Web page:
In the nearly four-minute speech, President Obama addressed the “decades of mistrust” between Iran and the US and reiterated his preference to resolve questions about Iran’s nuclear program “peacefully and diplomatically.” He reminded the Iranian leaders that “now is the time for the Iranian government to take immediate and meaningful steps to reduce tensions and work toward an enduring, long-term settlement of the nuclear issue.” He added that if a solution is reached, “the Iranian people will begin to see the benefits of greater trade and ties with other nations, including the United States.”

Hardline website Raja News wrote that “Obama showed with this message that he has tried to attract the confidence of the people of Iran with words and show.” The article added that “even though in the beginning of his message he focused on the need to solve the issue of Iran’s nuclear program through negotiations, at the end of his message he contradicted himself by speaking with a threatening tone about the continuation of pressure on the people!”

The Raja article asked that since “the latest report from the International Atomic Energy Agency has not shown that Iran has deviated into a nuclear-weapons program, so for what reason is America worried, and why are the Iranian people witnessing this pressure and sanctions from the European Union and the West?”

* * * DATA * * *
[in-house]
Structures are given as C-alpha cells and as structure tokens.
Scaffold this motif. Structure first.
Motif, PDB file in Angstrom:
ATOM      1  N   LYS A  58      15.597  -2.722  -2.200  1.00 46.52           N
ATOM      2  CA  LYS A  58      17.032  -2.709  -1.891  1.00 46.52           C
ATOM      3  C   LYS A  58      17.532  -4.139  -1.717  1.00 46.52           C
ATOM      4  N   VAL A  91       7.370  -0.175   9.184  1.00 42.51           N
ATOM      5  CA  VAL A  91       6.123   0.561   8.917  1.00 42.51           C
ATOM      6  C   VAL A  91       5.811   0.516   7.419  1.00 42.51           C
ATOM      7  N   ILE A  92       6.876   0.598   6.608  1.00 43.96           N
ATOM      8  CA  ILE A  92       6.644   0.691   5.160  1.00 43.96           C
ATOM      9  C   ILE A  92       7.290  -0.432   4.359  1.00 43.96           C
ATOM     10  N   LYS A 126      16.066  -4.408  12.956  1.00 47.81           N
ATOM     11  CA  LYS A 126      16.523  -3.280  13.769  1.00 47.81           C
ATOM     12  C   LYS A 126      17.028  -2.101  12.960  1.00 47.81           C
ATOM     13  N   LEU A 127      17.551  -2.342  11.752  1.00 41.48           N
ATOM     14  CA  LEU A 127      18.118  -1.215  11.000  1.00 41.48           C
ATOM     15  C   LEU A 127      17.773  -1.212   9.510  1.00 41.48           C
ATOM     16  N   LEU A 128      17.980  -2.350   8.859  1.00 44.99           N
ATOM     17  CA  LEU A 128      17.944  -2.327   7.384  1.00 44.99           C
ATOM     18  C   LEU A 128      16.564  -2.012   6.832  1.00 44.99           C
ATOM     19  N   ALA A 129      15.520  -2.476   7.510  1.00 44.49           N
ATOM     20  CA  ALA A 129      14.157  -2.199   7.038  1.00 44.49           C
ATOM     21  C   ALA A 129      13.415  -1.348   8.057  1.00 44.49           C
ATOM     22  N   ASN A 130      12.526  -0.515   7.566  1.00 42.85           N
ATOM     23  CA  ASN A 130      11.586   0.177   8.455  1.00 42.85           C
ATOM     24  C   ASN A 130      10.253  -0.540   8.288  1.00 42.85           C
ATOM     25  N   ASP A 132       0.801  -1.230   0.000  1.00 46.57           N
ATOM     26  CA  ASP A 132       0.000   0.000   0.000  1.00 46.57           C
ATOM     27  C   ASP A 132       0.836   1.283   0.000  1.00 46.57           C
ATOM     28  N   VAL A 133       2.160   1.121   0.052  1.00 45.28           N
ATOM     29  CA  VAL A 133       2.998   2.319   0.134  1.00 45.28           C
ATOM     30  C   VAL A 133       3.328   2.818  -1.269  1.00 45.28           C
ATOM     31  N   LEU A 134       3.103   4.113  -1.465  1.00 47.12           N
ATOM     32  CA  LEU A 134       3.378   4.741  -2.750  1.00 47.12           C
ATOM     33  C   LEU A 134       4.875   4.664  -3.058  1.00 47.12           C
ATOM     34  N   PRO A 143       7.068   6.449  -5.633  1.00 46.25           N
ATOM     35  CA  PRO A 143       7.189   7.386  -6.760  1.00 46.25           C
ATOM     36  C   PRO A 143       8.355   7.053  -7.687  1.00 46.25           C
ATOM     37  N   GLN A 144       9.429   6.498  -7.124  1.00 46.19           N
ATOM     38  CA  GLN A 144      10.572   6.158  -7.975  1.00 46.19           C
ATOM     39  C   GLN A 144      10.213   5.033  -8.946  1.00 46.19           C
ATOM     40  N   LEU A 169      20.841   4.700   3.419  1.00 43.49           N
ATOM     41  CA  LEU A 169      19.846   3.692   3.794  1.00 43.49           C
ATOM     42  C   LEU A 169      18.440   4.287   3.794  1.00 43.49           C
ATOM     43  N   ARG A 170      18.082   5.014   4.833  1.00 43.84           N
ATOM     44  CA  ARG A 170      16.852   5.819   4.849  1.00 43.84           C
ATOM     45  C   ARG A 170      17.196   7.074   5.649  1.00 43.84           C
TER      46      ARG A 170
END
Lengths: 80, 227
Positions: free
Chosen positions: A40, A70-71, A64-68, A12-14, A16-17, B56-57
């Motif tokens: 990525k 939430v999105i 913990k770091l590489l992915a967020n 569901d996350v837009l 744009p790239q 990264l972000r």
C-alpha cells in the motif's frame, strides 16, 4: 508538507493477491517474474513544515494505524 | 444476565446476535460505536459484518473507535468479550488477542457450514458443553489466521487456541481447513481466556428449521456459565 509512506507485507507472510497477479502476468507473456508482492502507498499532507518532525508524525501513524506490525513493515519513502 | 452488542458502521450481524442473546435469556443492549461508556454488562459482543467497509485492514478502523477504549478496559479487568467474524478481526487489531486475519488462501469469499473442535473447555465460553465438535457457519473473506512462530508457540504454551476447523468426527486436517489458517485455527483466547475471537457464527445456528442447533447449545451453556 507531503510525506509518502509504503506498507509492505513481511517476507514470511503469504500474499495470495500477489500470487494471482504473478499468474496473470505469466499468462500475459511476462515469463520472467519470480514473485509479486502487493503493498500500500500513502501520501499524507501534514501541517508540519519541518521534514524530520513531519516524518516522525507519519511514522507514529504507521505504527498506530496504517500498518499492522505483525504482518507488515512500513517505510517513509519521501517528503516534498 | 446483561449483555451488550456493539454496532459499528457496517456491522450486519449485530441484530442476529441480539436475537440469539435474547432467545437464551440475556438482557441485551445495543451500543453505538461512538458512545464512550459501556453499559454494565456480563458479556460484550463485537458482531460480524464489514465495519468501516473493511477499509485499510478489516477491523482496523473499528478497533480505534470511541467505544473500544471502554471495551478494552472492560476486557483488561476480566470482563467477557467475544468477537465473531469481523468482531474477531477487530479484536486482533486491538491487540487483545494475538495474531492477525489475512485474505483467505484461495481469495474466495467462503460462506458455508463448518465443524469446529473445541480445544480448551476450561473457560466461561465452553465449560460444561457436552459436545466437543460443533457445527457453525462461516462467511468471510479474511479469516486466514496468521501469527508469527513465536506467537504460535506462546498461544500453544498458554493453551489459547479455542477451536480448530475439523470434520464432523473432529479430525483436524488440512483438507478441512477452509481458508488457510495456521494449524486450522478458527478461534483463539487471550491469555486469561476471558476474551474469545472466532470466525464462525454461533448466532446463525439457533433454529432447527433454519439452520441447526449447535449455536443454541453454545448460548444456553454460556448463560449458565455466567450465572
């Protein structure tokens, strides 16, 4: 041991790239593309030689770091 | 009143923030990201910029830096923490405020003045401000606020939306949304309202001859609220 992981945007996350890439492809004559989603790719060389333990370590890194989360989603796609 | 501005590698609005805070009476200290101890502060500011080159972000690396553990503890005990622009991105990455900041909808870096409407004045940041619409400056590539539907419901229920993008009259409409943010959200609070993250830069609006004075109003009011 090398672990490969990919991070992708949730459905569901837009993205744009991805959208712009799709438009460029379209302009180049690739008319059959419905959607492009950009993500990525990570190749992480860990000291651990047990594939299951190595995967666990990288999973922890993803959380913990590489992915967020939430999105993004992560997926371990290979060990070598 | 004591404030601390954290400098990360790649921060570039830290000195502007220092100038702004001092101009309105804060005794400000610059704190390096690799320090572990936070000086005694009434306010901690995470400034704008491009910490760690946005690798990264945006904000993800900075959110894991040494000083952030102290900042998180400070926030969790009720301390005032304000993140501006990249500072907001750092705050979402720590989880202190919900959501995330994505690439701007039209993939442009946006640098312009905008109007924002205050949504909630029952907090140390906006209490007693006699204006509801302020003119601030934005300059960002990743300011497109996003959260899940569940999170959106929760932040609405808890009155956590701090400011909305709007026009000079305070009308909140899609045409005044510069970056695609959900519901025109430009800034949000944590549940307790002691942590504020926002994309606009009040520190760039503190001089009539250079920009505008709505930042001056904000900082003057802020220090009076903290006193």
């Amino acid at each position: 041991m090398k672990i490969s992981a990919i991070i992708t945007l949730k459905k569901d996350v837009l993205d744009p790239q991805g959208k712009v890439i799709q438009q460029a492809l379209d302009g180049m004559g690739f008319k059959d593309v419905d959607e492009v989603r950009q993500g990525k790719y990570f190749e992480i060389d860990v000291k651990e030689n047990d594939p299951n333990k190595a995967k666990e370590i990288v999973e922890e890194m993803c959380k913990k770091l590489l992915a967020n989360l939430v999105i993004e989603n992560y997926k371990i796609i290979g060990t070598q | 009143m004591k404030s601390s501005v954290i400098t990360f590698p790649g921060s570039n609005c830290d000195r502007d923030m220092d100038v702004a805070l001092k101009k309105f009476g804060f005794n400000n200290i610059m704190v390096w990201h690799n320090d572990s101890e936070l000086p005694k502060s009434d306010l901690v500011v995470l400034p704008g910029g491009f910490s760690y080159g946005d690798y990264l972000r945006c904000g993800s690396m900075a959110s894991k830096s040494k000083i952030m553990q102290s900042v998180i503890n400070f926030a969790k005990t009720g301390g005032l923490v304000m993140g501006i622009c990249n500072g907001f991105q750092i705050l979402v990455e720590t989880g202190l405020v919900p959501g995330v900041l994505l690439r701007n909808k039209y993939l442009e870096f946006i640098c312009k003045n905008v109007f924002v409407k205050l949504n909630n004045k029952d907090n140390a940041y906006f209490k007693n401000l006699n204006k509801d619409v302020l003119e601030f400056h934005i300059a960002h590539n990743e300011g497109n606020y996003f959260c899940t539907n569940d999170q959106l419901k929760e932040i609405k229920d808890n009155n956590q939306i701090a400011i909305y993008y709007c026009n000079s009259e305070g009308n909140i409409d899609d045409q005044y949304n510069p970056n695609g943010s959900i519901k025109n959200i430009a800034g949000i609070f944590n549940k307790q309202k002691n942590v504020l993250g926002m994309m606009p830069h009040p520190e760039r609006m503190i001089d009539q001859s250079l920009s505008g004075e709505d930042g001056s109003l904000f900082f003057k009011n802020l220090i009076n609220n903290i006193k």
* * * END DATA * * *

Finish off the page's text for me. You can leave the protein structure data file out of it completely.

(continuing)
The articled embedded a video of Obama’s message but oddly omitted his greeting. Perhaps because Obama used the Persianized “doroud” rather than the Arabized “salaam” for his greeting. Although both can be used, “salaam” is most commonly used in Iran, while “dorood” has become somewhat more pervasive in the Iranian Diaspora in recent years.

Toward the end of his speech, President Obama quoted a verse from a poem by Hafez: “Plant the tree of friendship that bears the fruit of fulfillment; uproot the sapling of enmity that bears endless suffering.” The 14th Century poet Hafez was born in Shiraz, Iran and his tomb in Shiraz is a popular site for tourists.

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Conservative website Enthekhab surmised that the president “apparently used his Shirazi advisor, Valerie Jarrett, while acknowledging the Iranian nation’s long history and civilization, made a reference to a poem by the famous Iranian poet Hafez.” Jarrett was born in Shiraz to American parents and is currently a senior adviser to the president.

Entekhab said that “analysts” believe that “this message is like the previous [Nowruz] messages and only with a change of expressions and the use of Iranian advisers […] sought to take advantage of the nation’s feelings with references to the national and Islamic identity of Iranians.” The president did not make a reference to Islam in his speech.

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Hardline website Mashreg wrote that the president’s message was “more than an address to the Iranian people; it was a negative answer to the Zionist regime’s demands that Washington intensify their hostilities against Tehran.” The article also found it noteworthy that the president used the word “Spring” and “Nowruz” in the same way that “some [Ahmadinejad] did domestically.” President Ahmadinejad has been using traditional Iranian festivals as a sort of a campaign rally to promote his ally Esfandiar Rahim Mashei as a possible candidate in the next presidential elections.

Mashreg suggested that “one should wait and see what Obama and his administration do this upcoming year, and do they act as Hafez recommends and uproot from its roots the sapling of enmities against the Iranian people, which has turned into a tree, or does he apply more pressure.”